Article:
Drechsel O, Bock R - Nucleic Acids Res. (2010)

Analysis of gfp expression in E. coli. All experiments were repeated at least three times and identical results were obtained. Representative blots are shown here. (A) Western blot analyses to determine GFP accumulation levels in E. coli strains harboring the different pOD plasmids. Loaded amounts of total protein are indicated below the blots. Dashes denote empty lanes. As a control for loading, the high-molecular weight region of the gel (which was not blotted) was stained with Coomassie and is shown below each blot. pRB95: empty vector control. (B) Analysis of gfp mRNA accumulation in pOD strains. As a loading control, the blot was stripped and re-hybridized to a 16S rRNA-specific probe.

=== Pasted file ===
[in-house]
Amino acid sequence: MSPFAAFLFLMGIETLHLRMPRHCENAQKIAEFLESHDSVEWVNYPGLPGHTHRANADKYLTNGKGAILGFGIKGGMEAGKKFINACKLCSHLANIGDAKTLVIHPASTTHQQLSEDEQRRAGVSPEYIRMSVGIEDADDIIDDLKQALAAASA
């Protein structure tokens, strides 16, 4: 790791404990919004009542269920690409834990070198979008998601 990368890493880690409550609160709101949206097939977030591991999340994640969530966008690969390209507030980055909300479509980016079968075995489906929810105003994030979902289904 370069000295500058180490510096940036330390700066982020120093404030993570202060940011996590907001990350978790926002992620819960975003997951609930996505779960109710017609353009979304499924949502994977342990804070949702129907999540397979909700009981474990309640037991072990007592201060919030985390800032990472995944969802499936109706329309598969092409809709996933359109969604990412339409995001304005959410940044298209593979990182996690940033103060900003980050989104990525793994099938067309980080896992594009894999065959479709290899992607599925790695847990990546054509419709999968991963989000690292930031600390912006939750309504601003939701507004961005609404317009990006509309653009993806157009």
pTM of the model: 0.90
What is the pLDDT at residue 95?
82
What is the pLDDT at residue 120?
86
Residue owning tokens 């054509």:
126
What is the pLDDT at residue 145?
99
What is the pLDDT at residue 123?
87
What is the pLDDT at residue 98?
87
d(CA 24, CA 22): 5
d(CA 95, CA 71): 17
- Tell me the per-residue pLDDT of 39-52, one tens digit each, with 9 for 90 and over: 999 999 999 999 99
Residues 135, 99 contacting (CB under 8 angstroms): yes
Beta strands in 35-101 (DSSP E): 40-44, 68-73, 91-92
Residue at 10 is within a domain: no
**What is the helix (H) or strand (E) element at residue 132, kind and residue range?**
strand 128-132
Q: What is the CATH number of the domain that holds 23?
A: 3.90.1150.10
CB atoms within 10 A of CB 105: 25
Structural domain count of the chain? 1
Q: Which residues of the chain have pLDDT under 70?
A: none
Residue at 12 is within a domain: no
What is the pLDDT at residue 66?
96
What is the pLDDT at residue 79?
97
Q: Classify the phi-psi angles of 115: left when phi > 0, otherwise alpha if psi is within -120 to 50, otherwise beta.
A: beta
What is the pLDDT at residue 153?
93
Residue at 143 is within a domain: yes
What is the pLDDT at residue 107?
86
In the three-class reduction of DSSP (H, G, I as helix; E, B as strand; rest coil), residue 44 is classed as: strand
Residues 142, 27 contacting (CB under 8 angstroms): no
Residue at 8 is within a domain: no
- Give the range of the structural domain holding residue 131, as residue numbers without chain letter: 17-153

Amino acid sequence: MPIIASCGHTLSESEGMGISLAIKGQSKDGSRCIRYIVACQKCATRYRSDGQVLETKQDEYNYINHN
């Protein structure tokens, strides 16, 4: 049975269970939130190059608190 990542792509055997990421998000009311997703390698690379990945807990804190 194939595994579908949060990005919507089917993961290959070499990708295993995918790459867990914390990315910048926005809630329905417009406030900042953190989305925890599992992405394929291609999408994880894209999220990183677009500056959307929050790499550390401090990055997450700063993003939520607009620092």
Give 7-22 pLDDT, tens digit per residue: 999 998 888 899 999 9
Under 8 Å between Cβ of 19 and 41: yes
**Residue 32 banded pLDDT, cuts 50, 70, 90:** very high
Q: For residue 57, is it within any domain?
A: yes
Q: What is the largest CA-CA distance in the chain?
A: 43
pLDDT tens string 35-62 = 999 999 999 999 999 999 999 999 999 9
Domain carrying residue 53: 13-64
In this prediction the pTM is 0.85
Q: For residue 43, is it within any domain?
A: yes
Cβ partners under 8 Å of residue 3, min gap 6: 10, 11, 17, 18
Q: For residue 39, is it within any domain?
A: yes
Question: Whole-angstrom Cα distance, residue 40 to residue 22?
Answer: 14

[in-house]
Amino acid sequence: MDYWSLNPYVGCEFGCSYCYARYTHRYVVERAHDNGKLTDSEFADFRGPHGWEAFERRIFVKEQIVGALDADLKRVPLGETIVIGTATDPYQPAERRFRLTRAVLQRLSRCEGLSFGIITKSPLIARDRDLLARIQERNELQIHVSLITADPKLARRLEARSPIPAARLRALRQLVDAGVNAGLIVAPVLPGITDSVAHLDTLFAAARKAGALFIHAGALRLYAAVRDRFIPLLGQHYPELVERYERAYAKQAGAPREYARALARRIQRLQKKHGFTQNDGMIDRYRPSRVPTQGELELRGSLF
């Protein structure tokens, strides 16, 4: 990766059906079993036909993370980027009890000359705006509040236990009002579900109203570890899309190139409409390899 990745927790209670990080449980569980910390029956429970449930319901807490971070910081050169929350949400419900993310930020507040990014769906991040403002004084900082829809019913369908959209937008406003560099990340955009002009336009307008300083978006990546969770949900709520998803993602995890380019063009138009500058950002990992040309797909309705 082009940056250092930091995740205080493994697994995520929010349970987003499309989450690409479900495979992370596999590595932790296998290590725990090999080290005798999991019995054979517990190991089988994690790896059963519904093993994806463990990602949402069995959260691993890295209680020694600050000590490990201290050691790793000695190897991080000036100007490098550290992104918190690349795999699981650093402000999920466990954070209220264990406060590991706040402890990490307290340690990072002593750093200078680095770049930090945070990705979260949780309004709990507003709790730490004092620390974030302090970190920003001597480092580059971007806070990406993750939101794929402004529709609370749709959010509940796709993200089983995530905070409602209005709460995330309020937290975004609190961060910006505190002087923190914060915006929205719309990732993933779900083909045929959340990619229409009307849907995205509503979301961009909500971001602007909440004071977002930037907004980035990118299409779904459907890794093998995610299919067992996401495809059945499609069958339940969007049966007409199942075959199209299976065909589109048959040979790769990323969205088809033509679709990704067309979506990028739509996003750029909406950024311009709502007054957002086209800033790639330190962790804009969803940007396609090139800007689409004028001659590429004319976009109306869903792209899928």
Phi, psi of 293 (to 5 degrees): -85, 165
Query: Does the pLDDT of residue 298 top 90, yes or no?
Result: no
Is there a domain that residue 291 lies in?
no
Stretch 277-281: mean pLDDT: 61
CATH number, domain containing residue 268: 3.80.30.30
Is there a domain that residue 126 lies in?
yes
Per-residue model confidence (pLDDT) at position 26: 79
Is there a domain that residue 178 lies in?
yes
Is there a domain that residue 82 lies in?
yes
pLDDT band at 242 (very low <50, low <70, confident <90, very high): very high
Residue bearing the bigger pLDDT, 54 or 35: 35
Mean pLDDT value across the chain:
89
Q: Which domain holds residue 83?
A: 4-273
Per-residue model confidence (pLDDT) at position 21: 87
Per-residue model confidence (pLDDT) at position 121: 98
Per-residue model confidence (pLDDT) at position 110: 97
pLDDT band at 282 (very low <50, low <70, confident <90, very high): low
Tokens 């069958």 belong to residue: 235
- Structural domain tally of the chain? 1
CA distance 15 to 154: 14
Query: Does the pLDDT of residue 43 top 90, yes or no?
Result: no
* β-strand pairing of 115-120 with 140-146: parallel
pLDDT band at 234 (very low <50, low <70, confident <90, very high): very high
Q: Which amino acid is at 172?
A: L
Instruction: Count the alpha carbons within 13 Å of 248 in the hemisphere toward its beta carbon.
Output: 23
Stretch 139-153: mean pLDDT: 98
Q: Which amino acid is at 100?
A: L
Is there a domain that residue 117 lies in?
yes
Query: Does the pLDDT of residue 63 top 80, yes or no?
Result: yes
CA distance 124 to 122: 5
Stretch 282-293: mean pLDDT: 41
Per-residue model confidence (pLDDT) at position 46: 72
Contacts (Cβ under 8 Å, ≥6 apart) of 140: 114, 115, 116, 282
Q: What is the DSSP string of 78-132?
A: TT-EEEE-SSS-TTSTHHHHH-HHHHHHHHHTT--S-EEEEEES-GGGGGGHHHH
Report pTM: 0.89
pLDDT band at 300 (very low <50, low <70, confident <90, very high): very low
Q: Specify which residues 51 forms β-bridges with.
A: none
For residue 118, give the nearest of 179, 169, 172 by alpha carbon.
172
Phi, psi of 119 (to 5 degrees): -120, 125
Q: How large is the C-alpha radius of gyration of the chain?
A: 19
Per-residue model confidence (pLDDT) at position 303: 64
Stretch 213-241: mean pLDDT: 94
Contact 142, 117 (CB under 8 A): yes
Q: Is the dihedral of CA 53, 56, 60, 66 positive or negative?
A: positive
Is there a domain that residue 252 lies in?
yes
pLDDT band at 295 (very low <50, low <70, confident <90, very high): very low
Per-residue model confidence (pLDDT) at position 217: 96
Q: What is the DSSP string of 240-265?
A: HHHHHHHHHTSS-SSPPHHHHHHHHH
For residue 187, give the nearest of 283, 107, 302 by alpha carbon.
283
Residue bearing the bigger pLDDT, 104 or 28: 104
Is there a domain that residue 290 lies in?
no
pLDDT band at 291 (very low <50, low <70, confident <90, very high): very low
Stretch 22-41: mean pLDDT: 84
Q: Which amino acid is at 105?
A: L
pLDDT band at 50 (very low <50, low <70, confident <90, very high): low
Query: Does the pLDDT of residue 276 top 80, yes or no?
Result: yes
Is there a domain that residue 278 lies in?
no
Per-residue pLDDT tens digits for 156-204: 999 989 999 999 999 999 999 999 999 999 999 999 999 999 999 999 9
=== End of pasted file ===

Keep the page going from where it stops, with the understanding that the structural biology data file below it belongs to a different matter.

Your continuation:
© Copyright Policy - creative-commons
Related In: Results  -  Collection

License
Show All Figures
getmorefigures.php?uid=PMC3045613&req=5

Figure 2: Analysis of gfp expression in E. coli. All experiments were repeated at least three times and identical results were obtained. Representative blots are shown here. (A) Western blot analyses to determine GFP accumulation levels in E. coli strains harboring the different pOD plasmids. Loaded amounts of total protein are indicated below the blots. Dashes denote empty lanes. As a control for loading, the high-molecular weight region of the gel (which was not blotted) was stained with Coomassie and is shown below each blot. pRB95: empty vector control. (B) Analysis of gfp mRNA accumulation in pOD strains. As a loading control, the blot was stripped and re-hybridized to a 16S rRNA-specific probe.